Delta IV Heavy retires after decades of service with secret mission – Times of India


NEW DELHI: The US space force and a joint venture between Boeing and Lockheed Martin on Tuesday sent a secret reconnaissance payload into orbit using a Delta IV Heavy rocket. This launch marks the final flight for this renowned launch vehicle, which has served for decades, tallying nearly 400 missions since its inception in 1960.
The rocket, managed by United Launch Alliance (ULA), lifted off from Cape Canaveral Space Force Station in Florida at approximately 1pm EDT (1700 GMT).This launch comes after a 12-day delay due to a technical issue encountered during a previous attempt. Standing at approximately 23 stories tall, the Delta IV Heavy ascended into the sky amidst partly cloudy conditions, as seen in a live webcast by ULA.
The mission aimed to deploy a satellite for the National Reconnaissance Office (NRO), a classified operation known as NROL-70. Hours later, the Space Force confirmed the successful placement of the payload into orbit. Originating from a modified ballistic missile, these rockets have played crucial roles in space missions since the 1960s, with a total of 389 launches.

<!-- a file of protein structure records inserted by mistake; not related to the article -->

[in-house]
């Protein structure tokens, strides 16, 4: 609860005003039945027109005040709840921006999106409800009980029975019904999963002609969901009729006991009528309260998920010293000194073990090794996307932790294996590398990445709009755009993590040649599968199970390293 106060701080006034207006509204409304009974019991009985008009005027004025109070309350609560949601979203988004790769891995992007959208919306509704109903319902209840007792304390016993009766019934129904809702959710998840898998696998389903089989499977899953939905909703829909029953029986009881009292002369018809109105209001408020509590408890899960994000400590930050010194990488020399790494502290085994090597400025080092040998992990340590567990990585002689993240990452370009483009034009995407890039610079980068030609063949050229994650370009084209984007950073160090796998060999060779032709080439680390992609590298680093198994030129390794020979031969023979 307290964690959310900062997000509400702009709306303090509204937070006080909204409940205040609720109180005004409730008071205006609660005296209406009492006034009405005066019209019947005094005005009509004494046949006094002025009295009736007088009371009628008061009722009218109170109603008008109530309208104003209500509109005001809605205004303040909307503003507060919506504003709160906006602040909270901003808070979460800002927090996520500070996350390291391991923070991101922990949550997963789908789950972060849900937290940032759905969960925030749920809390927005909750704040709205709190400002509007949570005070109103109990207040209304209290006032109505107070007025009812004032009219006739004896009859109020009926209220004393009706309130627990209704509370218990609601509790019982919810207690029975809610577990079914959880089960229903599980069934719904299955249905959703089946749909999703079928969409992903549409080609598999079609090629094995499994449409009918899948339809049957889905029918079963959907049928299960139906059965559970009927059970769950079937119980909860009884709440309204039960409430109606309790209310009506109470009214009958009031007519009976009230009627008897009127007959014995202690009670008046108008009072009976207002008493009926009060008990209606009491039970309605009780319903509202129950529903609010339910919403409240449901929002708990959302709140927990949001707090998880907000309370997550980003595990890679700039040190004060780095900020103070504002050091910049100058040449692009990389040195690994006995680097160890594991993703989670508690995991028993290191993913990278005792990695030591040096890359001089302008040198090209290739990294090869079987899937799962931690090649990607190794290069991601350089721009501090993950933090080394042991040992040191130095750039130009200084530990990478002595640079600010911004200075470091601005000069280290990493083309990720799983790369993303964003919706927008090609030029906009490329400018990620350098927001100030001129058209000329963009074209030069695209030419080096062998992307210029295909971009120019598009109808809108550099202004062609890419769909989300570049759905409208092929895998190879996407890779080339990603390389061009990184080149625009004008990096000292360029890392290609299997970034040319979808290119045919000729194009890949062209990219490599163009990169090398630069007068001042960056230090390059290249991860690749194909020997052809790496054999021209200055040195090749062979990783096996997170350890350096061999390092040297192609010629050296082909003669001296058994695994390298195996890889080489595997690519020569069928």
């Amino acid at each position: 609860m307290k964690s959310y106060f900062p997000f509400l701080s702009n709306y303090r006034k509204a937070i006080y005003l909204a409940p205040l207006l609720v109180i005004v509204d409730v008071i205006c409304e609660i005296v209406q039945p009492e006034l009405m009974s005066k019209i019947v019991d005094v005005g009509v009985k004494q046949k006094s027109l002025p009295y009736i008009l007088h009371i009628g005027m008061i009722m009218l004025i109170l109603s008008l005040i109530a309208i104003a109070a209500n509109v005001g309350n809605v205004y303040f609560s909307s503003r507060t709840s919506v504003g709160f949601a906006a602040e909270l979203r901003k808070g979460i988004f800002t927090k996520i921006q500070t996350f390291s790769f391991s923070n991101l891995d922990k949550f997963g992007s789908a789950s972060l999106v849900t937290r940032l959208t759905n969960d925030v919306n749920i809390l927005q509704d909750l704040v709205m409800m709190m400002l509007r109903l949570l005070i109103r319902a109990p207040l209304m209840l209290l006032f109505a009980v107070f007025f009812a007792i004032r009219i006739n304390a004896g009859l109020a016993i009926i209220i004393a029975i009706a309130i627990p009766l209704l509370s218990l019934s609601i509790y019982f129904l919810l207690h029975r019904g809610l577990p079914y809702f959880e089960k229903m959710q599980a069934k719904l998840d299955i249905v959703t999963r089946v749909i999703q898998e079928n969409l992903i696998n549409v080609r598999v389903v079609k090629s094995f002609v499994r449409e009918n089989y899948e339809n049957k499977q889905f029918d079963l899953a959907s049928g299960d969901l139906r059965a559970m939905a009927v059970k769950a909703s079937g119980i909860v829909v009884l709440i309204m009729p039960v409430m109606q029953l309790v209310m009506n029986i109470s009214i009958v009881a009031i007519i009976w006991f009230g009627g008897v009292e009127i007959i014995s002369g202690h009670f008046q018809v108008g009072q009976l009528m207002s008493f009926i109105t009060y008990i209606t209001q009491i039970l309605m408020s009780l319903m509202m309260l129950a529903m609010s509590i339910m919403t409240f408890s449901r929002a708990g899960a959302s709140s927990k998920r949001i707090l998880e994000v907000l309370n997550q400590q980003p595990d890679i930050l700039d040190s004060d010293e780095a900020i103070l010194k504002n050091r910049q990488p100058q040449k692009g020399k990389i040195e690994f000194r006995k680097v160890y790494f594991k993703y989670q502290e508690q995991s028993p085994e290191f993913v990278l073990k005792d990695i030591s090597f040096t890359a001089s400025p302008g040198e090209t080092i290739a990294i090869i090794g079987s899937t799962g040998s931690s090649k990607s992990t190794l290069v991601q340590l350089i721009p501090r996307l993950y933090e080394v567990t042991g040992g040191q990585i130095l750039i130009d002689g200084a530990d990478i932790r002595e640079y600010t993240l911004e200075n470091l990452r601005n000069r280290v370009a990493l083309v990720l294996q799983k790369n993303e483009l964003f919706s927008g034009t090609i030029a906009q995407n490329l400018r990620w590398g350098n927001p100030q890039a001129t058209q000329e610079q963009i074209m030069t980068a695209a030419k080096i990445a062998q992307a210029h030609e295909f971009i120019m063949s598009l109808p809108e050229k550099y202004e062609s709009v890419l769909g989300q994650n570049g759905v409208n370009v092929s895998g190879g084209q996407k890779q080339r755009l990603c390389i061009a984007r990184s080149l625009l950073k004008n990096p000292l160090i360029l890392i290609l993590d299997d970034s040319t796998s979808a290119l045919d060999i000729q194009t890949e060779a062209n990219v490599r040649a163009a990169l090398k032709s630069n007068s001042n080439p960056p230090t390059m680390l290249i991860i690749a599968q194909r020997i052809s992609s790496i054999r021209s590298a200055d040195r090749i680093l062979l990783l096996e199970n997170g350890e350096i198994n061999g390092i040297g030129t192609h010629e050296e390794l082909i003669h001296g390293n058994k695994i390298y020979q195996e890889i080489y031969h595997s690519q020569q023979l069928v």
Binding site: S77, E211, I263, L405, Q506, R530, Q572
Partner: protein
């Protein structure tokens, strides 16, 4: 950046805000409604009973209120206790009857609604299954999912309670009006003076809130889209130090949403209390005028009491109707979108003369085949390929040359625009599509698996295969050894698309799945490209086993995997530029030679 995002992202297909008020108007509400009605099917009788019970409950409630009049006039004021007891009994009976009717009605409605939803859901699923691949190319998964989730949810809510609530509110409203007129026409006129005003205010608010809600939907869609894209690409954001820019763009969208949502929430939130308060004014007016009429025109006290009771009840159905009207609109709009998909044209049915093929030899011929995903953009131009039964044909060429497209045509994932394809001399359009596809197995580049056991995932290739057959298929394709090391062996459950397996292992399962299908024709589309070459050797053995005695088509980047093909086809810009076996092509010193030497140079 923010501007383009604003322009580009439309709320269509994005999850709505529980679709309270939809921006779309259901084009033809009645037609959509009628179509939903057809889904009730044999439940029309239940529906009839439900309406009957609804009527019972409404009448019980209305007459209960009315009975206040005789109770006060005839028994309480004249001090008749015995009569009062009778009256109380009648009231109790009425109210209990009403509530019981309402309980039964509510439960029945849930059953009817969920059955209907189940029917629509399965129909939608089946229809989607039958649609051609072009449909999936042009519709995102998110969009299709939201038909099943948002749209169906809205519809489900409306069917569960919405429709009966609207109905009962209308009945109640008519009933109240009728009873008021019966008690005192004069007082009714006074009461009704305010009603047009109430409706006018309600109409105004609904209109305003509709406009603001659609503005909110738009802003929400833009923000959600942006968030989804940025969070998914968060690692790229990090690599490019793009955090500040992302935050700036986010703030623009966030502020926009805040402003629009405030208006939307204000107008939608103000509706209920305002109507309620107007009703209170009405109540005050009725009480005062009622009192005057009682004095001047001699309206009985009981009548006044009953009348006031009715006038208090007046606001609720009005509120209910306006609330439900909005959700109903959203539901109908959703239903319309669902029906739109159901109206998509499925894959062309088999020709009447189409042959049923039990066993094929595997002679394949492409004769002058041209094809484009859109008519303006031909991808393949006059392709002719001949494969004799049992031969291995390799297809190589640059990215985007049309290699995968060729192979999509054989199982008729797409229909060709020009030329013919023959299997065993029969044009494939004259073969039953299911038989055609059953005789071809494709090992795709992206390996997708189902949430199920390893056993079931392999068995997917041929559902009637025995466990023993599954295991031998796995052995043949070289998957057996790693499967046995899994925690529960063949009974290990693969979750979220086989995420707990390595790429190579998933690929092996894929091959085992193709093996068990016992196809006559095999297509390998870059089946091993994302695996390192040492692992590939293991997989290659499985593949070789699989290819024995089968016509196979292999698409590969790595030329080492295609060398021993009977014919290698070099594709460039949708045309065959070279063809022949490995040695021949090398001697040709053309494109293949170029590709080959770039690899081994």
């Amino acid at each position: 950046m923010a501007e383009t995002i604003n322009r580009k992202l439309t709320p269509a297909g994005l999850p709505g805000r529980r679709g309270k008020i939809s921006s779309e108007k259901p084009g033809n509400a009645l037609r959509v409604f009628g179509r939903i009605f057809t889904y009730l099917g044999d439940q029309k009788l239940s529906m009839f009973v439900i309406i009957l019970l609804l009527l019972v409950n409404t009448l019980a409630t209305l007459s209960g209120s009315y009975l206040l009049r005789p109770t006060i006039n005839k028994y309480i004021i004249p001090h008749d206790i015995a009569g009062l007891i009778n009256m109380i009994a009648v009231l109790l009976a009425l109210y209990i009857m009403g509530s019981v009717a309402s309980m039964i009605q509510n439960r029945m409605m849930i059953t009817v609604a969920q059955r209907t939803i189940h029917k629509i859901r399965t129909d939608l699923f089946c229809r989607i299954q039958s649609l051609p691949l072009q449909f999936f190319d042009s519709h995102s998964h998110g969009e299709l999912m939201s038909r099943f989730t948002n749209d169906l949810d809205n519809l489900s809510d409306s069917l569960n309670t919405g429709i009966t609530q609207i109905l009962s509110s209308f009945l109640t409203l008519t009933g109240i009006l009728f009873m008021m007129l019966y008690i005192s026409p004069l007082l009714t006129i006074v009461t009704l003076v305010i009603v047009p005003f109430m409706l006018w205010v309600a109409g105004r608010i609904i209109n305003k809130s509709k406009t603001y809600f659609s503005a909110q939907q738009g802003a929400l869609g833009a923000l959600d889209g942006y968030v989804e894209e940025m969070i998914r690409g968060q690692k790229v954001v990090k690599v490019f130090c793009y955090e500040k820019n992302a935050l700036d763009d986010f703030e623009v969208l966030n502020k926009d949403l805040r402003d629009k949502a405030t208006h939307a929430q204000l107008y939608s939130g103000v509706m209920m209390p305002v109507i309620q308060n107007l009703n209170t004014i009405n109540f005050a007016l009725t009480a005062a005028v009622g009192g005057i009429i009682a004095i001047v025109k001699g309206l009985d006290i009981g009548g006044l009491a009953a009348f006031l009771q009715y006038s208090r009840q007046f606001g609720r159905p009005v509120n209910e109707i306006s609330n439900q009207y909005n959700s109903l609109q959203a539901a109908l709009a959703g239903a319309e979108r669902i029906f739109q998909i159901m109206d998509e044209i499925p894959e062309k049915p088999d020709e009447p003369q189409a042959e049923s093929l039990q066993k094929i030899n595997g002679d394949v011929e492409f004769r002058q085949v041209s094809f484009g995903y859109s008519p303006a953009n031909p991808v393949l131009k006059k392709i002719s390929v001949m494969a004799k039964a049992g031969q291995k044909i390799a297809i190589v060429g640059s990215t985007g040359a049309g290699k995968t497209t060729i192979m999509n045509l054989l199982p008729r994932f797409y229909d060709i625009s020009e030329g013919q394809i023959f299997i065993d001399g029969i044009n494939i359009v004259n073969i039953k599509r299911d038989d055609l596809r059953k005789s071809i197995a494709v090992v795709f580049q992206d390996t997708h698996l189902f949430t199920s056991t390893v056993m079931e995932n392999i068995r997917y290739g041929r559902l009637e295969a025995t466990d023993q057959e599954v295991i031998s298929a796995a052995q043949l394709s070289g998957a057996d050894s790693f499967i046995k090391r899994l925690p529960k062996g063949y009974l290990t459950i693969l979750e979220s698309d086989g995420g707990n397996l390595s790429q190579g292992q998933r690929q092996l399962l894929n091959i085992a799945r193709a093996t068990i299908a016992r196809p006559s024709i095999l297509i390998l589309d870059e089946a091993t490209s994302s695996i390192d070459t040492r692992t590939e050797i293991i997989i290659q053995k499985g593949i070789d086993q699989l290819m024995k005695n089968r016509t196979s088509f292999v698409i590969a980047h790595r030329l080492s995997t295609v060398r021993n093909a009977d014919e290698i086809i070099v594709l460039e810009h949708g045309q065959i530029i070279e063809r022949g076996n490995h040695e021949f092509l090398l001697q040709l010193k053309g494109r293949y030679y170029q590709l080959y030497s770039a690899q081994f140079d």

Some of the achievements of the Delta rockets include launching the world’s first weather and GPS satellites, as well as numerous NASA missions, such as sending spacecraft to Mars. Among these missions were the launches of the Mars rovers Spirit and Opportunity in 2003 and the Parker Solar Probe in 2018.
Tony Bruno, the president and CEO of ULA, emphasised the pivotal role of the Delta rocket saying, “The Delta rocket played a pivotal role in the evolution of space flight since the 1960s.”
Moving forward, ULA plans to retire the Delta and Atlas rockets in favor of its newly developed Vulcan rocket. Despite a recent setback where the payload malfunctioned before reaching the moon, the Vulcan rocket showcased a successful inaugural flight earlier this year.
The Atlas V, another ULA rocket, still had 17 missions scheduled before its planned retirement. The Delta IV Heavy, weighing 1.6 million pounds when fully fueled, consists of a triple-booster lower stage and a single-engine upper stage. During Tuesday’s flight, key stages separated as planned, culminating in the jettisoning of cargo panels protecting the NROL-70 payload.
The exact nature and objectives of the NROL-70 mission remain classified. In a statement preceding the launch, the US government mentioned the mission’s aim to enhance the NRO’s capabilities. “Strengthen the NRO’s ability to provide a wide range of timely intelligence information to national decision makers, warfighters and intelligence analysts,” the statement said.
(With inputs from agencies)


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